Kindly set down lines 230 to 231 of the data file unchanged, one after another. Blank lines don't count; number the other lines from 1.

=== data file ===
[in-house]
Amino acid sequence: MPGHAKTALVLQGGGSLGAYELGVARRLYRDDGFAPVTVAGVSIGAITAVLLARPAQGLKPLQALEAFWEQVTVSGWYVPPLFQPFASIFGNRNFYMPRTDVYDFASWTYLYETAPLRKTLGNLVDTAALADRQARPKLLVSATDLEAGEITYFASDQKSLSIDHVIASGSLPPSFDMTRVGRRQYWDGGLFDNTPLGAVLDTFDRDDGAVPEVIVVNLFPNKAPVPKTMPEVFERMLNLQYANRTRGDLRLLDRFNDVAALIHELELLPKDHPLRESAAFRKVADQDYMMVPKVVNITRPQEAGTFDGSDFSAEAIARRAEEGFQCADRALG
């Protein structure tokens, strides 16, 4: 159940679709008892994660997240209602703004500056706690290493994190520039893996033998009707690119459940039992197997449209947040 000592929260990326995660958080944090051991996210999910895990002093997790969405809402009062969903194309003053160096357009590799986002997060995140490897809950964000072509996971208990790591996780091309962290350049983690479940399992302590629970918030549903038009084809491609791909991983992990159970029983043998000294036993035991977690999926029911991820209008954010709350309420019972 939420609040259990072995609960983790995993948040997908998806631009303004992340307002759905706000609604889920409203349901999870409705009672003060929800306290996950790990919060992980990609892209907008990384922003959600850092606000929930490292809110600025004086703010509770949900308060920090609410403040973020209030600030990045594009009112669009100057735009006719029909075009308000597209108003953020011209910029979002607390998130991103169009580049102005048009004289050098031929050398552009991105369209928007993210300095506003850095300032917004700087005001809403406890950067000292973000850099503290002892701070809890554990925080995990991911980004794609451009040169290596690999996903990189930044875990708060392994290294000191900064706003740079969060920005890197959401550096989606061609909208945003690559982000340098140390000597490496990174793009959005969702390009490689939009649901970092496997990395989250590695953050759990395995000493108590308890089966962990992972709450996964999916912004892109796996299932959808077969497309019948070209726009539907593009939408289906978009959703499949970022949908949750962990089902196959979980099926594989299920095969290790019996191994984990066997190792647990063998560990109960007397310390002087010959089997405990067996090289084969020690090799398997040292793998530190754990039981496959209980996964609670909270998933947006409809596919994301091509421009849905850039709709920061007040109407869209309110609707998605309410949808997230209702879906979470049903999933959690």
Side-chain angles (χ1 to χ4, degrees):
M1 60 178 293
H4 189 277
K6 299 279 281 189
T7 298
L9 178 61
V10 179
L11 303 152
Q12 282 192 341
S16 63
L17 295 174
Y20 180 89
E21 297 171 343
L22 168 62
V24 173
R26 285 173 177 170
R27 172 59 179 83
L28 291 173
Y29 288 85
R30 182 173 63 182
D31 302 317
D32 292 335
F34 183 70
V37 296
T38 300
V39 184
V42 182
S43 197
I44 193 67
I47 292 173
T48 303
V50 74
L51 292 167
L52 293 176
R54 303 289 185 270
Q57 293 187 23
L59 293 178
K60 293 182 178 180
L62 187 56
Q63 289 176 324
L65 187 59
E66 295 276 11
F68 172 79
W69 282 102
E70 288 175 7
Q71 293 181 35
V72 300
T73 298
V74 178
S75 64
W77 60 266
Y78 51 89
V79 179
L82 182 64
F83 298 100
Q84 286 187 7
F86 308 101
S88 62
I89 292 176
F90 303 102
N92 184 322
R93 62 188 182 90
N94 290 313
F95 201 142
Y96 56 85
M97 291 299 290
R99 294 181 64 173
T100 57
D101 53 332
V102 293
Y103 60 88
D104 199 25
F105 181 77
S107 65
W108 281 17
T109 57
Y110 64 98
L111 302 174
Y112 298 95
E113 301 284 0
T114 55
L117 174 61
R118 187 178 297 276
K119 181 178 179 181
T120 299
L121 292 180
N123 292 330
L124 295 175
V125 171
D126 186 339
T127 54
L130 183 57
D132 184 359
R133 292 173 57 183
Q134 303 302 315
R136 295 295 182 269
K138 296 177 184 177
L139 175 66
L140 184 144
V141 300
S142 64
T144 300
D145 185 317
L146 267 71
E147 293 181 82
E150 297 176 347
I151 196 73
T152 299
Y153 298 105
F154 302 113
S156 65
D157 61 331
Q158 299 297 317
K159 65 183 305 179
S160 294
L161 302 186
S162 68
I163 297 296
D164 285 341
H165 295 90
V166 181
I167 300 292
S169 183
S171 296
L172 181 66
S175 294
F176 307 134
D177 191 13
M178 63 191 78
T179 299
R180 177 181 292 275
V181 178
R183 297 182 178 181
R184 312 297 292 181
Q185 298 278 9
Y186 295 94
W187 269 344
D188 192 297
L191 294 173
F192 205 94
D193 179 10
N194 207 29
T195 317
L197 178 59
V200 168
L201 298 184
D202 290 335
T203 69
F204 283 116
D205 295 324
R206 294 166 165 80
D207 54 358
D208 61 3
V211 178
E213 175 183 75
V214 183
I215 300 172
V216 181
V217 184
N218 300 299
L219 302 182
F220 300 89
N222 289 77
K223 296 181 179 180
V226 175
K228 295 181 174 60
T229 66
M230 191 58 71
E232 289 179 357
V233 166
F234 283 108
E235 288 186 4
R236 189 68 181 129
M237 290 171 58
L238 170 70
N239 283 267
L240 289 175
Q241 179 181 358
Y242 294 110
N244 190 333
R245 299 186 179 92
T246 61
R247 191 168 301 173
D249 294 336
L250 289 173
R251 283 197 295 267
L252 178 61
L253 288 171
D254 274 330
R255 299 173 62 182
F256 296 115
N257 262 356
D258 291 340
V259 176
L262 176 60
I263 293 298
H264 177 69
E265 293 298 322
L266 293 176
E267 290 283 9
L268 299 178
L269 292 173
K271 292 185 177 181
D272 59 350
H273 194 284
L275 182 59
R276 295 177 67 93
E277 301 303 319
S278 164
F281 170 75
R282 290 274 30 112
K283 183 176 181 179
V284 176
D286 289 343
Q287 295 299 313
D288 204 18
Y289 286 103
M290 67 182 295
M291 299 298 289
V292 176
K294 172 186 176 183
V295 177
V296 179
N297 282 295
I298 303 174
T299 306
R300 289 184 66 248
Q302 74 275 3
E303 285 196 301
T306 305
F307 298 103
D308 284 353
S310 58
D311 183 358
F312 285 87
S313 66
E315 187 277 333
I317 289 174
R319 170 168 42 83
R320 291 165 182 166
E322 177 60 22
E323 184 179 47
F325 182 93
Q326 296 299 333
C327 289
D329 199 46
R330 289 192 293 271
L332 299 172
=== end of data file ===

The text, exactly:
R300 289 184 66 248
Q302 74 275 3